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What do company leaders do when employees quit because of conflicts with mid-level managers?

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Posted by Ngoc Thuy Nguyen

about 1 year ago

One ultimate leadership principle is that the leader must be the first one responsible when something goes wrong. However, there are some special cases.

Recently, a piece called “When an employee quits, the boss should look at himself" written by Nguyen Hoang Kim Quy – a student studying abroad in Italy – has attracted a lot of attention. Many expressed agreement with the 4 reasons listed by Kim Quy: the boss is too arrogant, only knows how to give orders, makes promises he can’t keep and discards people who are no longer useful. 

These reasons seem to resonate with the feelings of those who have to work under a bad manager. However, is that the only reason an employee quits? And what should this manager look at in himself?

During the WeTALK show on CafeBiz’s fanpage on Mar 22, Ms. Nguyen Phuong Mai – Navigos Search’s Managing Director – said that this issue must be looked at from both sides.

Firstly, one ultimate principle of leadership, according to Ms. Mai, is that the leader must be the first one responsible when something goes wrong. In a sense, she expressed agreement with Kim Quy’s opinion that one should look at the boss first when too many of their employees quit. However, Ms. Mai also noted that “the boss here refers to the CEO or the business owner ".

On the other hand, Ms. Mai believed that the case of employees quitting isn’t entirely due to the leaders. It might be a problem of working environment or economic condition in a certain area at a certain time. 

Taking an example from Navigos Search, Ms. Mai recalled: About 4-5 years ago, many recruitment agencies were established to meet the market’s demand. 

When new players join the industry and want to compete quickly, the simplest solution is to take people from Navigos Search. At that time, Navigos Search was among the most experienced agencies on the market, with operation history dating back to 2003 and a strong staff.

Navigos Search lost many people to these new companies that were willing to pay double or triple for excellent candidates. Facing with the departure of so many good employees, we did everything we could but still could not make everyone stay. 

"We obviously could not blame the CEO, right?", Ms. Mai said.

Regarding issues coming from middle managers, causing their direct subordinates to be unhappy and leave, Ms. Mai believed that the role of a senior manager is critical. 

"While overseeing a team of middle managers, this happened to me: an employee quit because of his direct manager, who was my direct report. I didn’t instantly blame that manager. First of all, I sat down with that employee to learn what the exact reason was. Conflict is possible but I wanted to understand what caused the conflict and whether there was anything to help that manager improve. This was to avoid the same thing from happening again. That was the important part.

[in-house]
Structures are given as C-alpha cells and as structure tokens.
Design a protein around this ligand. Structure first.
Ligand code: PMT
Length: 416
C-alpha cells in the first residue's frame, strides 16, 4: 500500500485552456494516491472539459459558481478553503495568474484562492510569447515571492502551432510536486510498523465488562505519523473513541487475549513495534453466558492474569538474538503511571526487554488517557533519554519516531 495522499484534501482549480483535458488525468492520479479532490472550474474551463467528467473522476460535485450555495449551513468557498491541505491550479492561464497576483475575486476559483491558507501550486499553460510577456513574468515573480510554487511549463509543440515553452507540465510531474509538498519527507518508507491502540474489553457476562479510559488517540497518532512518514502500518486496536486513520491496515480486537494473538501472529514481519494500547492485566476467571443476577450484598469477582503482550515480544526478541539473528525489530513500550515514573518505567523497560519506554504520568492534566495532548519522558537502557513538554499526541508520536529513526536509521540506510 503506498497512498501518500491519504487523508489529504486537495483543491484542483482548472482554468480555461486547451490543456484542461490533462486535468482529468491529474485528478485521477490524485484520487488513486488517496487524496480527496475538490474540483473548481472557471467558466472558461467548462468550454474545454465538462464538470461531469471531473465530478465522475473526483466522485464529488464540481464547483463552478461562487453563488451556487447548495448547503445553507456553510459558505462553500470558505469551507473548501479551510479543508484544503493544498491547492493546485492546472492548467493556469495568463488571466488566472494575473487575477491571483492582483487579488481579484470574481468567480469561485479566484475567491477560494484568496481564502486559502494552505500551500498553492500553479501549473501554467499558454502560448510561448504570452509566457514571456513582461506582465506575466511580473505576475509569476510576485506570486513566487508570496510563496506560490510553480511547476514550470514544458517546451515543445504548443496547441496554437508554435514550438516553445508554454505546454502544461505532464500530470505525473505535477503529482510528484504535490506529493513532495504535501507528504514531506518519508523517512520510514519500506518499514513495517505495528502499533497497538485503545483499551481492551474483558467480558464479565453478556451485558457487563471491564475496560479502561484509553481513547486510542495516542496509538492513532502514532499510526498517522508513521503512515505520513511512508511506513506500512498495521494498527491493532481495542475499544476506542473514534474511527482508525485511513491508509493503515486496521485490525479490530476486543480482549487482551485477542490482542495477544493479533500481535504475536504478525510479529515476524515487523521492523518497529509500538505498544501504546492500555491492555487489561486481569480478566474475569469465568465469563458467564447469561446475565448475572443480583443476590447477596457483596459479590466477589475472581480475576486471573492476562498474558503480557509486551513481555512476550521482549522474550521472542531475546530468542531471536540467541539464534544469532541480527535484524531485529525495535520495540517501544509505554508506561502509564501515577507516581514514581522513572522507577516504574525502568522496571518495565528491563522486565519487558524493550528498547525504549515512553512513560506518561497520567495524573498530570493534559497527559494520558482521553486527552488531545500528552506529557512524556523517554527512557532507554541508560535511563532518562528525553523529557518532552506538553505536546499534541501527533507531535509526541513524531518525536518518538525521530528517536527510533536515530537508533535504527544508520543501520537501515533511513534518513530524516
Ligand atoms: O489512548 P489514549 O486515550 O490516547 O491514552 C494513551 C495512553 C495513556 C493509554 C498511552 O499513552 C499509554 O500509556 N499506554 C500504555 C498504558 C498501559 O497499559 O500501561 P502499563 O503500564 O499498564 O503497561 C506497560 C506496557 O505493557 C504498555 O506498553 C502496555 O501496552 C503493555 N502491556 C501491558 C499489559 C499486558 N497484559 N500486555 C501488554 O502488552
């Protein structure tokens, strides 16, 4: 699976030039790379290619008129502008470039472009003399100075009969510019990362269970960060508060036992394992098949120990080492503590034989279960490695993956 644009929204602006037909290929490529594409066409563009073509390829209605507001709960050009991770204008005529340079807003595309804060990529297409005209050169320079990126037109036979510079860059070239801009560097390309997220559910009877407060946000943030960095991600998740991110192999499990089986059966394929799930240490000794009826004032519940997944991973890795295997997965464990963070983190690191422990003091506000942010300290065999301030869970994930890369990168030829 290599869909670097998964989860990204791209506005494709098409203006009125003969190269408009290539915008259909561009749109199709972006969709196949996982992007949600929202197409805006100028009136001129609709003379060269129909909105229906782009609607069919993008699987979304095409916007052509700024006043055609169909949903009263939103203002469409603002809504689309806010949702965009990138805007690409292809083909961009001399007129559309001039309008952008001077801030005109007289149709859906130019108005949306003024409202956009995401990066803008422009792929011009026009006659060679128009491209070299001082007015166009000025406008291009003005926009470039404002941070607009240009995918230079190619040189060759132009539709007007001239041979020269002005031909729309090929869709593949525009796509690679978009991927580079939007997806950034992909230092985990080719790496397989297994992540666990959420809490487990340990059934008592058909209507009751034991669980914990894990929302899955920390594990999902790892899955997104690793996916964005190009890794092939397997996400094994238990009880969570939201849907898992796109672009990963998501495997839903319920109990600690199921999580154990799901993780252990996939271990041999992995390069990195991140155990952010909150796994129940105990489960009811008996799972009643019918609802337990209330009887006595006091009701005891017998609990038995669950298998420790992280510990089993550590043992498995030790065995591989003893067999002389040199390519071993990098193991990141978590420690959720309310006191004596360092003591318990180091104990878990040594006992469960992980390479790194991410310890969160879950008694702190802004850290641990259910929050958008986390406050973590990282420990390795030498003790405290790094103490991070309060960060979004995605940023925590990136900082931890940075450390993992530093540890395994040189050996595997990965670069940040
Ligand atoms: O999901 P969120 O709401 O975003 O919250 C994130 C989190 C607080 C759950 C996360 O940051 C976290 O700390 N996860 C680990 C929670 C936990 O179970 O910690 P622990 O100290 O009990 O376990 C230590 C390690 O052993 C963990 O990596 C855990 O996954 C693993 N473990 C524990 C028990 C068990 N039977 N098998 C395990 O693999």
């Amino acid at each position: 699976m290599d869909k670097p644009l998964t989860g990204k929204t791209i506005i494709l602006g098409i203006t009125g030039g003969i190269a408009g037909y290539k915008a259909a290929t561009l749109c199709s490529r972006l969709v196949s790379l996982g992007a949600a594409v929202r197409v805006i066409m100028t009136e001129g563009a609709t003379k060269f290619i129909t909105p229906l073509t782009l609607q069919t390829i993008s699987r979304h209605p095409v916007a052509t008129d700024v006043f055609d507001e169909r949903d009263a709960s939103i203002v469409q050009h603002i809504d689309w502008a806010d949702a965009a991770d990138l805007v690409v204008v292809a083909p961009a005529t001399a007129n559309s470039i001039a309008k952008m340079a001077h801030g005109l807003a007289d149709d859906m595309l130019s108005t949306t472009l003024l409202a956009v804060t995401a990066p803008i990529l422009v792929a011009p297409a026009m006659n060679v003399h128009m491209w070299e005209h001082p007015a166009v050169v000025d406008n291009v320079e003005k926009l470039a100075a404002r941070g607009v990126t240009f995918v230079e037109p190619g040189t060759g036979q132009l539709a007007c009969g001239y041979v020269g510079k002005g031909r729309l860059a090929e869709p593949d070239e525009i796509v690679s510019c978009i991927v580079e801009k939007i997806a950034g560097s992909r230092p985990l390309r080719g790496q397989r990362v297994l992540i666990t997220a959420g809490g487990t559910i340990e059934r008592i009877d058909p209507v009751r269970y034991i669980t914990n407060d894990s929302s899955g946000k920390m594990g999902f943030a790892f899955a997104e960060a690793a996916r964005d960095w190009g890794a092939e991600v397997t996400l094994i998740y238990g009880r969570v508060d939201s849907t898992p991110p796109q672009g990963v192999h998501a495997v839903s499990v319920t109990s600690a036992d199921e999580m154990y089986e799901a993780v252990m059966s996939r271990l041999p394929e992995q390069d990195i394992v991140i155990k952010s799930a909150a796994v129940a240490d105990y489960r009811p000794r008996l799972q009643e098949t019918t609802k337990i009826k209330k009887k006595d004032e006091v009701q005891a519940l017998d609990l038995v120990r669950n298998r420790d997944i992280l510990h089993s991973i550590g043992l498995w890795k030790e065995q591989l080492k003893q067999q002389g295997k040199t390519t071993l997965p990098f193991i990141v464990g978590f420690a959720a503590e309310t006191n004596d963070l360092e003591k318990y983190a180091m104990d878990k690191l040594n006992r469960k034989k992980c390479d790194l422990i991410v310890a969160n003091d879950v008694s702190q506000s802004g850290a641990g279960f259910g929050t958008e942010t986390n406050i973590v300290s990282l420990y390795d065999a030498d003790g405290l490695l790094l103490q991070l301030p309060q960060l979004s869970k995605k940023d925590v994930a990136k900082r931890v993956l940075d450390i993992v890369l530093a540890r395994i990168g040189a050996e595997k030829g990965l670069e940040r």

If we cannot persuade an employee to stay, then we can note down their feedback and work on it. Because, in many cases, a manager might be good at his profession but lack leadership skills. In such case, I could be the one to blame for not equipping my managers with necessary skill sets to keep their employees. 

From cases of employee departure, a leader could also improve their own people skills and strategy for middle management improvement. Once those issues are solved, the rate of departure will definitely drop as employees are better engaged.

In reality, at Navigos Search, the overseeing and development of middle management has generated positive results ", Ms. Mai concluded.

Echoing this opinion, Ms. Tran Trung Hieu, founder of Top CV also thought that, when an employee quits, even if he or she says that it’s because of personal reasons, the manager should always review the company’s management process and his or her own methods, before reviewing the entire company’s staff. 

Mr. Hieu believed that any company that wishes to develop must focus on not only technical expertise and strategy but also its people and culture. 

A business’s culture only truly flourishes when it comes from the leadershipThe leader is the inspiration of the entire company. As long as the leader is unaware of the reason why so many employees leave and keeps blaming the environment, the people… the root of the problem will not be dealt with.

"I’ve always believed that everything must come from the leader, from myself. The leader must ask himself whether he has done enough. That question will help the business thrive ", Ms. Hieu shared.

Source: Café Biz (http://bit.ly/2oUkuAv)